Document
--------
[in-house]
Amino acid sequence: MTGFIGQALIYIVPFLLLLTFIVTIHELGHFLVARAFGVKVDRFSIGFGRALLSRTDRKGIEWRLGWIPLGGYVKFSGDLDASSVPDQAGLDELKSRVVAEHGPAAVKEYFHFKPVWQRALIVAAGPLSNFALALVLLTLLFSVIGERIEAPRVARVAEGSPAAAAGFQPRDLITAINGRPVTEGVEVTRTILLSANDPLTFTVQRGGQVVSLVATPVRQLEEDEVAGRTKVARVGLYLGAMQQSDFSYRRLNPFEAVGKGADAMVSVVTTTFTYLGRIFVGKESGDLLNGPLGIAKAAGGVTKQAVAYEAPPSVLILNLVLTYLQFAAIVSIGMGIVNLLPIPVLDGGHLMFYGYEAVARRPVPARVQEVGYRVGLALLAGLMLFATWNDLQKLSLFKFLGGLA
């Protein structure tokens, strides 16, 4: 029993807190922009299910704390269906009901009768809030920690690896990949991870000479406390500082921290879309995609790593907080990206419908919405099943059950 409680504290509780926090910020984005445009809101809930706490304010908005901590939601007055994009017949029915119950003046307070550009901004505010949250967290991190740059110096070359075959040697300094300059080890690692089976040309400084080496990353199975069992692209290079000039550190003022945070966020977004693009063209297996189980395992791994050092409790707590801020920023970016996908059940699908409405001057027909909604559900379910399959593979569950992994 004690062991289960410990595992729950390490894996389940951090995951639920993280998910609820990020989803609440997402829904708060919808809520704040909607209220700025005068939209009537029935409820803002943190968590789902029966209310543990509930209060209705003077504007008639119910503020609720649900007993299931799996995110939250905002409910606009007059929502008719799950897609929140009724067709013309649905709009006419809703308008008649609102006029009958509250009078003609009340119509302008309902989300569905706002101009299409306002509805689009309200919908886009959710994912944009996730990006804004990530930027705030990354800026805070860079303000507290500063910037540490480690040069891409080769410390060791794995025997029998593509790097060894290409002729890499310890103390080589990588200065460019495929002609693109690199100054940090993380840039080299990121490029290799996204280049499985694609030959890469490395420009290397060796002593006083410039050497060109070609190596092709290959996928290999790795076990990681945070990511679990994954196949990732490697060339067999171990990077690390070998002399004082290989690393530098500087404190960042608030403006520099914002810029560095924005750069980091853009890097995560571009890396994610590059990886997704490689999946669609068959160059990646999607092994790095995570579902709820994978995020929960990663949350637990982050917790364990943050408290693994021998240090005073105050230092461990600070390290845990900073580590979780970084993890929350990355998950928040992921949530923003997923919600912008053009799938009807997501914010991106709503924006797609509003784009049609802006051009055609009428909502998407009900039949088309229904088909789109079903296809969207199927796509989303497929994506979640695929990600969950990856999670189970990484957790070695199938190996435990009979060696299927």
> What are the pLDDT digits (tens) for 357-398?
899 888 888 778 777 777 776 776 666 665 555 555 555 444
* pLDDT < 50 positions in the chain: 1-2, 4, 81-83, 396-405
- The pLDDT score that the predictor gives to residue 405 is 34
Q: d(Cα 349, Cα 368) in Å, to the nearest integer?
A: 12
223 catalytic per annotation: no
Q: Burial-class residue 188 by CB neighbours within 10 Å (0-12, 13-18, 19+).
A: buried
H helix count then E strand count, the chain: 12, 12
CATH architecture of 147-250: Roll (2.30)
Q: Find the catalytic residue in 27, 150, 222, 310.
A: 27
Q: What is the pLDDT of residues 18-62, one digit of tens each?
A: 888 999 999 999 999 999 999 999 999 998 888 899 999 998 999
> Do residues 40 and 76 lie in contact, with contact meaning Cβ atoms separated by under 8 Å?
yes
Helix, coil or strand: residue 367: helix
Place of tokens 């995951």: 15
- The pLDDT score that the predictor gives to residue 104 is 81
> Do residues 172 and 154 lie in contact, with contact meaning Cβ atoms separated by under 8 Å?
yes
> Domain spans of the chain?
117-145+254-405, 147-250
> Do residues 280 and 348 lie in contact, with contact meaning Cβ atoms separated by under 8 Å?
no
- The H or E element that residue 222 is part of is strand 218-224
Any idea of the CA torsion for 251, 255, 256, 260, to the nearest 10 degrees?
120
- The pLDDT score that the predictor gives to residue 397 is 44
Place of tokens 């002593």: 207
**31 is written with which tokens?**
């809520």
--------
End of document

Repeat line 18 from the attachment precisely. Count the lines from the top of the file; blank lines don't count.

A: 888 999 999 999 999 999 999 999 999 998 888 899 999 998 999